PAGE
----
It has other effects. It encourages pair bonding, and parental behaviour. It is released during intimate moments during orgasms and even hugs. For this reason it is often called the 'love hormone'.
Strange to say, the oxytocin released by the pituitary gland cannot reach the brain: it does have effects on the rest of the body. The reason is that there is a blood–brain barrier which prevents large molecules from getting into the brain. Instead, the hormone is produced by special nerve cells inside the brain.
References[change | change source]
- Lee, Heon-Jin; MacBeth, Abbe H.; Pagani, Jerome; Young, W. Scott (2009). "Oxytocin – the great facilitator of life". Progress in Neurobiology. 88 (2): 127–151. doi:10.1016/j.pneurobio.2009.04.001. PMC 2689929. PMID 19482229.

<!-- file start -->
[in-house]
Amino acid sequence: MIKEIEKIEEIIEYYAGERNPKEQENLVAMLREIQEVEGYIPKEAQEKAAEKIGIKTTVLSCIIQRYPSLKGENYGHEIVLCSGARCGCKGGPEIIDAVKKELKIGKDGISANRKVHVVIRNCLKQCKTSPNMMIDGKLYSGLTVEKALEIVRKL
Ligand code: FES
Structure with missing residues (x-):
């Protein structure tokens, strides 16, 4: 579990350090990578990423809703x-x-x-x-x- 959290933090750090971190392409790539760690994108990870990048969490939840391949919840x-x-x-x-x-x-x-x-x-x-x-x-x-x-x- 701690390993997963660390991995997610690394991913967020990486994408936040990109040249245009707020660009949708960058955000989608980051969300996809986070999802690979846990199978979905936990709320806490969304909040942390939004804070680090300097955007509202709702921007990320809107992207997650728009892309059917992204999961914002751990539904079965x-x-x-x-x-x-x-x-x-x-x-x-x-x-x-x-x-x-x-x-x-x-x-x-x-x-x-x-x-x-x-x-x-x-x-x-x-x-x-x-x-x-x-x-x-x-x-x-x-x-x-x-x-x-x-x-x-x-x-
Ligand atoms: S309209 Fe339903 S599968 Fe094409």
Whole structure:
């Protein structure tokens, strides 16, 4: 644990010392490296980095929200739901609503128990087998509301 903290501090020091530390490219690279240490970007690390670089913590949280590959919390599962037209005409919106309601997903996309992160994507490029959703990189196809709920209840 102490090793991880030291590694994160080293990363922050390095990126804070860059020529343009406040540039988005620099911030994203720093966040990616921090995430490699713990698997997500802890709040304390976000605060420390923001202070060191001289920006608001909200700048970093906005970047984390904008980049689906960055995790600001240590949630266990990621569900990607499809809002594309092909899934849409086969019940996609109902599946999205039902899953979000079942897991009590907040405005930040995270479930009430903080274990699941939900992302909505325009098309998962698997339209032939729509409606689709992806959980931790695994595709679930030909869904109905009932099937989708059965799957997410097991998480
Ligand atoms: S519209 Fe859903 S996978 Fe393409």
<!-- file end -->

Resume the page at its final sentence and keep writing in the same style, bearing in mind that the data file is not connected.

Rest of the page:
- "Oxytocin – The love hormone that could cure shyness". the Daily Telegraph. Archived from the original on 2014-08-17. Retrieved 2018-04-01.
- Ross HE; Cole CD; Smith Y; et al. (2009). "Characterization of the oxytocin system regulating affiliative behavior in female prairie voles". Neuroscience. 162 (4): 892–903. doi:10.1016/j.neuroscience.2009.05.055. PMC 2744157. PMID 19482070.
- "The Good Drug Guide : new mood-brighteners and antidepressants". www.biopsychiatry.com.
- du Vigneaud V.; et al. (1953). "The synthesis of an octapeptide amide with the hormonal activity of oxytocin". J. Am. Chem. Soc. 75 (19): 4879–80. doi:10.1021/ja01115a553.